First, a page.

When I was walking on the Waterfront, I noticed a brass marker labeled "History Walk 5." I only saw this one marker at the time and decided to find out more about it later. It turns out that Roseline Tchee has a web page with pictures of all 12 markers.
In searching for information on the History Walk, I found a really good website on a Kuching Heritage Walk with nice pictures too. LOL, I should have known all this BEFORE I was in Kuching. Guess that means I'll have to go back.
Favorite thing: I was here when Kuching held their Kuching City Celebrations, Merdeka (National) Day as well as the Sarawak Regatta. The Kuching City Celebrations was a month long celebration that included a food fair (absolutely delicious where all the restaurants and part time chefs come out with their special dishes), an expo and performances. This is an annual event that occurs in August. The Food fair is held in Padungan.
A visit to Kuching is not complete without visiting its charming Waterfront. The Waterfront was an important place in the founding of Kuching. During the past, its location on the Sarawak River was chosen for its strategic and commercial importance, as well as its natural beauty.
The Waterfront has undergone several transformations since 19th century. Today it is home to modern sculpture, local food, and open-air theatre.
Favorite thing: When eating out in most of the coffeeshops aka kopitiams in Kuching, you will find that most of the dishes are noodle based and served in small bowls. Local favorites like Laksa, Goo Bak Mee, Kolo Mee and so forth are eaten with chopsticks and a small plastic spoon. Chopsticks are used with your favoured hand and the spoon goes into the other. Most locals will use the chopsticks to bring the noodles to the mouth but you can also place the noodles on the spoon instead. One thing you must realise that you can ask for a spoon and fork from the hawker. Only thing is your food seems to taste so much more nicer with chopsticks!?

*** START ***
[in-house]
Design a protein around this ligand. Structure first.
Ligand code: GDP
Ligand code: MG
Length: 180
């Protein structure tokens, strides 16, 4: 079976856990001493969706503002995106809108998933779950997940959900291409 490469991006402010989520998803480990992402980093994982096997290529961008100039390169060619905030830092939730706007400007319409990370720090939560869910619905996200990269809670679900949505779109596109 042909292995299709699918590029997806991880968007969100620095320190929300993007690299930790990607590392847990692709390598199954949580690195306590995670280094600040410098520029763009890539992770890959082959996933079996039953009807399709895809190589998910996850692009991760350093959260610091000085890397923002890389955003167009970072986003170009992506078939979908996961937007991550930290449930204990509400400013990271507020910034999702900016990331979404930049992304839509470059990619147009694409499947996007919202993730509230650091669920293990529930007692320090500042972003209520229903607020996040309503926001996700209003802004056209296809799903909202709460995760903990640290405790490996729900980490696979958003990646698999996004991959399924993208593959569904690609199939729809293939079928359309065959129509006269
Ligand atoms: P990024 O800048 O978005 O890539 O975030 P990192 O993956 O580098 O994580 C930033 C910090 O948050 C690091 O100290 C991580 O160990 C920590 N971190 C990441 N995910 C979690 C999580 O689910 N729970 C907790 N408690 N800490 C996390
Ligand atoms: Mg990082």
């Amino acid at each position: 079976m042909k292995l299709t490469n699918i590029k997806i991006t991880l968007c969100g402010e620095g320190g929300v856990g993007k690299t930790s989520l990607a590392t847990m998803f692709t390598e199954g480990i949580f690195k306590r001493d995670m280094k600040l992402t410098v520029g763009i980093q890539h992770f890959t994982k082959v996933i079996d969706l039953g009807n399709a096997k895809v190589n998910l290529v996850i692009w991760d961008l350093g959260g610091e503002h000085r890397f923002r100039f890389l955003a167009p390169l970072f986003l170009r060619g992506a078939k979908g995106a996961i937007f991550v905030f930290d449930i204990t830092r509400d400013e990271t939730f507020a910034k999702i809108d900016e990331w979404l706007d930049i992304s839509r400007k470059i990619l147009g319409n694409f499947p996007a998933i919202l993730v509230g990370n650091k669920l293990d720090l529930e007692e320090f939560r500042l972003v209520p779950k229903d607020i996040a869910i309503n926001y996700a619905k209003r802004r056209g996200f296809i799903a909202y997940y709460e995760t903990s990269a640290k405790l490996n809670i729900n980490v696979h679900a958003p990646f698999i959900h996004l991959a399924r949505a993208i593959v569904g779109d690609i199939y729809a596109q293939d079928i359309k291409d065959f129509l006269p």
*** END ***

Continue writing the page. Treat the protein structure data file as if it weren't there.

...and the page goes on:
AH HUI Motorcycles Shop in downtown Kuching rents 2 types of bikes, scooter and kapcai, RM40 & RM30 per day. Anybody with motorcycle license can rent, with super easy precedures by showing your passport and license. Local Malaysian only need to show license.
Pay RM100 as deposit, they give you 2 helmets, lock, roadtax, and keys.
You need to fill the tank by yourself, returning the bike 12pm the next day, etc.
You might need a wind-shield for helmet and a raincoat.
Favorite thing: Malaysia is modernising itself at a vertiginous pace. In this process, they risk losing a significant part of their identity. Fortunately, there is still much more to Kuching than McDonalds and Holiday Inn. You do not even have to search for exotism. It is at the turn of every corner, like this coarching wall in great contrast with the bright red of Chinese street lamps.
Kuching is the capital of the State of Sarawak, teh biggest of Malaysia. Apart from its exotism, it looks also quite modern. They have built a lot of high buildings by the river. Most of them host hotels that belong to those ubiquitous international hotel chains, like Holiday Inn or Hilton.
Fondest memory: When dusk arrives, even those ugly buildings become beautiful when reflected on the Sarawak river.
If you are visiting Sarawak and want information click onto this website, it will tell you all you need to know.
Favorite thing: This is another church in the outer area of Kuching that I saw on the way to visit the aborigine villages, I saw at least 20 such churches along the way, some are in bigger scale.